Horror fans have been treated with a new entry in the Saw franchise with Saw X hitting cinemas earlier this month.
The series follows the twisted efforts of civil engineer John Kramer, also known as Jigsaw, as he “tests” unlucky individuals through the use of elaborate, gruesome traps.
But what crimes could Jigsaw actually be charged with if he unleashed his tyranny in New South Wales?
Here's a rundown of the criminal offences the infamous puppet master could face before the courts in our state.
The offence of murder in New South Wales
Despite frequent claims that he hasn't killed anyone, Jigsaw is very likely to be liable for murder whenever one of his elaborate tests results in death. The offence of murder will be established where a person:
- Causes the death of another person.
- Did so by way of a voluntary act or omission.
- Did so with the intention to kill or inflict grievous bodily harm to the person, or with reckless indifference to human life.
Jigsaw's traps will be the ‘substantial and significant' (Swan v The Queen  HCA 11) cause of death for anyone who dies as a result. This is because Jigsaw sets up the traps to result in the violent death of an individual if they don't perform some task which tests their ‘will to live'.
Similarly, although an omission is sufficient for a murder charge, clearly strapping a person into a deadly trap is a ‘voluntary act' sufficient to meet this element for murder.
Whilst Jigsaw usually does not have a narrow ‘intention to kill' when setting up his traps, he clearly often has an intention to inflict grievous bodily harm. Grievous bodily harm means ‘very serious harm', and includes but is not limited to:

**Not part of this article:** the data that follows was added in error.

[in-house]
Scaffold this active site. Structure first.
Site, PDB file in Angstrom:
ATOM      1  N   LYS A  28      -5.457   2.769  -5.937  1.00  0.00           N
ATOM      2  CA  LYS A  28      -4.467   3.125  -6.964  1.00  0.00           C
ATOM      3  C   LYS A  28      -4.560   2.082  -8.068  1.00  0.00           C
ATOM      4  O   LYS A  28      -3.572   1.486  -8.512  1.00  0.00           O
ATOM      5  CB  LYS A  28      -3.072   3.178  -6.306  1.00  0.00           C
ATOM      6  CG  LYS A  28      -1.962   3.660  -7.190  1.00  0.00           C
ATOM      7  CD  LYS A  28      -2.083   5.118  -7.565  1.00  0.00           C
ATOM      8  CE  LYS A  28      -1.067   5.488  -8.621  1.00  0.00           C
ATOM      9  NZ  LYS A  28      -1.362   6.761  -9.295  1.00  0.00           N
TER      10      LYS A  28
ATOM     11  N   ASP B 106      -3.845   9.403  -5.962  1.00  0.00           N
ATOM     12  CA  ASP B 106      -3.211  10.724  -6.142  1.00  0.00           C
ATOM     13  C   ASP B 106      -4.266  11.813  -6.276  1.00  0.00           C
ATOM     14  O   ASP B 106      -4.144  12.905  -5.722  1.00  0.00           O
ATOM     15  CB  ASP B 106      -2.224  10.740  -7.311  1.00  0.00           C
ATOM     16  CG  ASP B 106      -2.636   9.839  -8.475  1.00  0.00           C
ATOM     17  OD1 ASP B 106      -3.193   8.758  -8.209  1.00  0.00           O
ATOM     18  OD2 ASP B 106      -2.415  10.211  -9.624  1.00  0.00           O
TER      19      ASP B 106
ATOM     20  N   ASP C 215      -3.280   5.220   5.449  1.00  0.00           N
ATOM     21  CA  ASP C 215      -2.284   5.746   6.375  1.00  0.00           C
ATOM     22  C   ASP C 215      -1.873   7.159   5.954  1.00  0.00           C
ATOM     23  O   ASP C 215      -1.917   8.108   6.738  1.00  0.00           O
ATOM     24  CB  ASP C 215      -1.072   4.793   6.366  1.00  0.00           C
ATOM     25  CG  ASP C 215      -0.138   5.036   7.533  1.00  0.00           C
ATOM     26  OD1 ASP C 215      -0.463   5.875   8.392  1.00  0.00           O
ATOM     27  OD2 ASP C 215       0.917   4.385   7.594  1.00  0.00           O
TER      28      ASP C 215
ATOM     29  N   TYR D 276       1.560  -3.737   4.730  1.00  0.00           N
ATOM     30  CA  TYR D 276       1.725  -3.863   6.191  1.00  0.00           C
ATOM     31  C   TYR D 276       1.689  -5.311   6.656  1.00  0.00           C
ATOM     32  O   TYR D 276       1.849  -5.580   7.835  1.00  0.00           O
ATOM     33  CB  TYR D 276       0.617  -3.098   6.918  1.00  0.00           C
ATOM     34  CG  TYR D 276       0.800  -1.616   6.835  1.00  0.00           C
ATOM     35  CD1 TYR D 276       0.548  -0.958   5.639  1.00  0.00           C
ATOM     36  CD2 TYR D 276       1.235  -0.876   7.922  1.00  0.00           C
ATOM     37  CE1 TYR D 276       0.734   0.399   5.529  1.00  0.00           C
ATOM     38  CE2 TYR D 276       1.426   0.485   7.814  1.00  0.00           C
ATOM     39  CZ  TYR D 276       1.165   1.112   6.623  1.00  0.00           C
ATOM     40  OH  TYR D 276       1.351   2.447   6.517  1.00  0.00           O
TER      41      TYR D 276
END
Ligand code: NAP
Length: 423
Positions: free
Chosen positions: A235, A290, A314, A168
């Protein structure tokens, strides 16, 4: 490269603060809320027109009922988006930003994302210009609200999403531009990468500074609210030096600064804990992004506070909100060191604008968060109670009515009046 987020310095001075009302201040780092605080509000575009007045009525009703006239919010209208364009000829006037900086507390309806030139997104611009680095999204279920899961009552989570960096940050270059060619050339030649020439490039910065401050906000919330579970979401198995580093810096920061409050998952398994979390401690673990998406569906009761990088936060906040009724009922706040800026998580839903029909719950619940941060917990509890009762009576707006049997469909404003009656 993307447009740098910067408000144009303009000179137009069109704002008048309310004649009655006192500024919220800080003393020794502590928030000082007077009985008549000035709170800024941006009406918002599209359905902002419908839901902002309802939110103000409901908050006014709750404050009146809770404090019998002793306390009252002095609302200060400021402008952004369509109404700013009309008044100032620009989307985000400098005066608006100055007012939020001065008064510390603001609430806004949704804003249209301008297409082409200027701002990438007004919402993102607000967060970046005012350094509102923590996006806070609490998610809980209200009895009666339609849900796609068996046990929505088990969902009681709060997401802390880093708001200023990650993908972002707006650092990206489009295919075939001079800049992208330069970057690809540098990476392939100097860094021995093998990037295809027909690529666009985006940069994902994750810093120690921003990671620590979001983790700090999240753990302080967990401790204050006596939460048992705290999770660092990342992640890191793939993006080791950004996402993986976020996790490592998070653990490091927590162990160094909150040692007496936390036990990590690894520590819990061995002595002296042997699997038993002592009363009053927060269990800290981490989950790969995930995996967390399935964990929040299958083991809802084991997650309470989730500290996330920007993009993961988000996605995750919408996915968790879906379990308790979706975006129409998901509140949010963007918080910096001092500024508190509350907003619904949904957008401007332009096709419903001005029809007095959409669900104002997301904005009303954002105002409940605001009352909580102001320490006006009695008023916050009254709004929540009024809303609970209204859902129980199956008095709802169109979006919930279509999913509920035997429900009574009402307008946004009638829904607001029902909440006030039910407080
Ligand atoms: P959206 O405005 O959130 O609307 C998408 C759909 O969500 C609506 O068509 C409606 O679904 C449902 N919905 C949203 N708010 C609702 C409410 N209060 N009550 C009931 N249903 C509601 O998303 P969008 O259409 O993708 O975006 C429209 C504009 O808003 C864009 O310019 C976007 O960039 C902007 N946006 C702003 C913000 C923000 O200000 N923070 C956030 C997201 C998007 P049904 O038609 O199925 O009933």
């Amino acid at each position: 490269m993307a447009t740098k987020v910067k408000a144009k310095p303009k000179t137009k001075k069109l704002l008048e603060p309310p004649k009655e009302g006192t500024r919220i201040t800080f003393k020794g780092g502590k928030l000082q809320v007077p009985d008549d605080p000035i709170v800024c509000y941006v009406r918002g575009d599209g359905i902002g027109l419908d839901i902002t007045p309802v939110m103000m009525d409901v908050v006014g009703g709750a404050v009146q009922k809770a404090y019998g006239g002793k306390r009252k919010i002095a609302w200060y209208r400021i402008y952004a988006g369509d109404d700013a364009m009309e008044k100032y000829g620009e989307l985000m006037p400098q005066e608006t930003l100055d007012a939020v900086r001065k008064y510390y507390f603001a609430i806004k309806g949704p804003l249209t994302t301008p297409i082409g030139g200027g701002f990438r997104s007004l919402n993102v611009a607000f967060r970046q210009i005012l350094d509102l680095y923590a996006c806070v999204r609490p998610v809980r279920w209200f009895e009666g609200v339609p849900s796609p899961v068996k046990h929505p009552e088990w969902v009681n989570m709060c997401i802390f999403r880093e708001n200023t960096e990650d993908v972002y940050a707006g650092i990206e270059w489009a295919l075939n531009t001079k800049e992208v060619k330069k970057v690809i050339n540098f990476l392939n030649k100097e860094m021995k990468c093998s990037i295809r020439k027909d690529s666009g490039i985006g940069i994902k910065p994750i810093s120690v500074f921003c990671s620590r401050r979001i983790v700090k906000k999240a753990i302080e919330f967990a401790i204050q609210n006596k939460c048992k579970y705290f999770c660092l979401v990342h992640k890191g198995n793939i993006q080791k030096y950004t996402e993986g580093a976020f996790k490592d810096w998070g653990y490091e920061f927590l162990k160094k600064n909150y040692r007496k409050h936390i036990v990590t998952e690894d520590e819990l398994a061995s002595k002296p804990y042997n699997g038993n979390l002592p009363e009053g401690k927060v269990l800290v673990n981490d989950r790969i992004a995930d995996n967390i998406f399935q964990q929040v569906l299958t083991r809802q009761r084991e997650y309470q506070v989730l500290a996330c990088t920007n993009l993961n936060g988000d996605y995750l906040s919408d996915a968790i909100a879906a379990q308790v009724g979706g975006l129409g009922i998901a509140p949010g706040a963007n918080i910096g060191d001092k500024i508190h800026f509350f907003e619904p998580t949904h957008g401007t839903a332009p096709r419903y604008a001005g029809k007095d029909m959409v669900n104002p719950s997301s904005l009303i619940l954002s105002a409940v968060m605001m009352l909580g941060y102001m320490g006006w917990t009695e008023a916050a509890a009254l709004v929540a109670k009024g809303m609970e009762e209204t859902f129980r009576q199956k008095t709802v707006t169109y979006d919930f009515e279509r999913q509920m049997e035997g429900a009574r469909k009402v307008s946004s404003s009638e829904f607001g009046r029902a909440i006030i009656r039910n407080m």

- Any permanent or serious disfigurement,
- The destruction of a foetus, other than by a medical procedure, and
- Any grievous bodily disease.
In the first Saw film, Jigsaw chains two men to pipes in a bathroom requiring them to cut through their own limbs in order to escape. Similarly, in the more recent film, a woman has to remove her leg in order to collect her bone marrow to escape from a deadly trap. Clearly, both of these traps carry indicate an intention to cause ‘very serious harm' regardless of whether there was an intention to kill.
Jigsaw would also likely meet the threshold of ‘reckless indifference to human life' for many of his traps. This threshold would be met if a person did something, whilst being aware that death was a probable result.
Most of Jigsaws traps have the risk of death as a probable result unless the victim takes extraordinary measures. In the infamous Venus Flytrap test from Saw II, a man must use a scalpel to remove a key inserted behind his eye or else a spiked death mask manufactured like an Iron Maiden would snap into place. This trap clearly had death as a probable result.
Even when a person survives, Jigsaw would also likely be liable for the offence of attempted murder given the design of his traps.
The offence of unlawful and dangerous act manslaughter in New South Wales
Another potential offence which could apply to Jigsaw is a variant of involuntary manslaughter, the offence of unlawful and dangerous act manslaughter. Involuntary manslaughter encompasses the killing of another person in circumstances where the mens rea (or mental fault element) for murder is not present.
Unlawful and dangerous act manslaughter in NSW requires the accused to have performed a voluntary act causing death, in circumstances where:
- The act was unlawful; and
- The act was dangerous: that is, a reasonable person in the position of the accused would have appreciated they exposed another person to a risk of serious injury.